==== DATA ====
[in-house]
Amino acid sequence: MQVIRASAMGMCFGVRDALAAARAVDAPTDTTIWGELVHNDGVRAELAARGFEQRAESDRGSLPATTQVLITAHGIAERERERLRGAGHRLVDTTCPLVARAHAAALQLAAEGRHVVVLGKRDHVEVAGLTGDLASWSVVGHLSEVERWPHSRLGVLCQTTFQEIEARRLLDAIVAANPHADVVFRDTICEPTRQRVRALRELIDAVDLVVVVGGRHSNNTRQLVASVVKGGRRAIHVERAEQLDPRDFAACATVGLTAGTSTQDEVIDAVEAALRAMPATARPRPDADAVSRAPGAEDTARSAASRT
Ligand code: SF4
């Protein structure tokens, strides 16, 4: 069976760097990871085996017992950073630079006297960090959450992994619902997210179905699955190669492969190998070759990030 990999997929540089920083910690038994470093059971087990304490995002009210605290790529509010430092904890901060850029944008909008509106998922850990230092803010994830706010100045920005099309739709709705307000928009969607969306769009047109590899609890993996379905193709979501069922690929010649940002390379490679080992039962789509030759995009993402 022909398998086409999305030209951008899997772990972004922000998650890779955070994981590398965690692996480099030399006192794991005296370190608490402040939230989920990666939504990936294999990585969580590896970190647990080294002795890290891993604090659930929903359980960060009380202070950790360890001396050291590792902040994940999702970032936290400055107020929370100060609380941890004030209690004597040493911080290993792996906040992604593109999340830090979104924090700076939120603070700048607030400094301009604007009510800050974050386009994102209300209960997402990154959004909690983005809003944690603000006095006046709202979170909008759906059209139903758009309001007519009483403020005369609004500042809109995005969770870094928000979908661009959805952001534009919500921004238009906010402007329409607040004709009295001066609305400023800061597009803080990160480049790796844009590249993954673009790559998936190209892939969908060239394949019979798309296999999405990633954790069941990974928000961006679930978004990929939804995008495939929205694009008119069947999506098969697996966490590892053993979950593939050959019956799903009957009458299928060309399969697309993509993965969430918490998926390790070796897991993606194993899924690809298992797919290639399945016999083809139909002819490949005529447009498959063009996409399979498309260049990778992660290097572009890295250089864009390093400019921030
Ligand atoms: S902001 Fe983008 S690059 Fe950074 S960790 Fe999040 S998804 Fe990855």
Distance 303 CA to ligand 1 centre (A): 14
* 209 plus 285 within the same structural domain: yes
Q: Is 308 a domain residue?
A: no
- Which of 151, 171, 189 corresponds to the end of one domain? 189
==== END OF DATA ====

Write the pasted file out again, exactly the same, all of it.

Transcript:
[in-house]
Amino acid sequence: MQVIRASAMGMCFGVRDALAAARAVDAPTDTTIWGELVHNDGVRAELAARGFEQRAESDRGSLPATTQVLITAHGIAERERERLRGAGHRLVDTTCPLVARAHAAALQLAAEGRHVVVLGKRDHVEVAGLTGDLASWSVVGHLSEVERWPHSRLGVLCQTTFQEIEARRLLDAIVAANPHADVVFRDTICEPTRQRVRALRELIDAVDLVVVVGGRHSNNTRQLVASVVKGGRRAIHVERAEQLDPRDFAACATVGLTAGTSTQDEVIDAVEAALRAMPATARPRPDADAVSRAPGAEDTARSAASRT
Ligand code: SF4
């Protein structure tokens, strides 16, 4: 069976760097990871085996017992950073630079006297960090959450992994619902997210179905699955190669492969190998070759990030 990999997929540089920083910690038994470093059971087990304490995002009210605290790529509010430092904890901060850029944008909008509106998922850990230092803010994830706010100045920005099309739709709705307000928009969607969306769009047109590899609890993996379905193709979501069922690929010649940002390379490679080992039962789509030759995009993402 022909398998086409999305030209951008899997772990972004922000998650890779955070994981590398965690692996480099030399006192794991005296370190608490402040939230989920990666939504990936294999990585969580590896970190647990080294002795890290891993604090659930929903359980960060009380202070950790360890001396050291590792902040994940999702970032936290400055107020929370100060609380941890004030209690004597040493911080290993792996906040992604593109999340830090979104924090700076939120603070700048607030400094301009604007009510800050974050386009994102209300209960997402990154959004909690983005809003944690603000006095006046709202979170909008759906059209139903758009309001007519009483403020005369609004500042809109995005969770870094928000979908661009959805952001534009919500921004238009906010402007329409607040004709009295001066609305400023800061597009803080990160480049790796844009590249993954673009790559998936190209892939969908060239394949019979798309296999999405990633954790069941990974928000961006679930978004990929939804995008495939929205694009008119069947999506098969697996966490590892053993979950593939050959019956799903009957009458299928060309399969697309993509993965969430918490998926390790070796897991993606194993899924690809298992797919290639399945016999083809139909002819490949005529447009498959063009996409399979498309260049990778992660290097572009890295250089864009390093400019921030
Ligand atoms: S902001 Fe983008 S690059 Fe950074 S960790 Fe999040 S998804 Fe990855």
Distance 303 CA to ligand 1 centre (A): 14
* 209 plus 285 within the same structural domain: yes
Q: Is 308 a domain residue?
A: no
- Which of 151, 171, 189 corresponds to the end of one domain? 189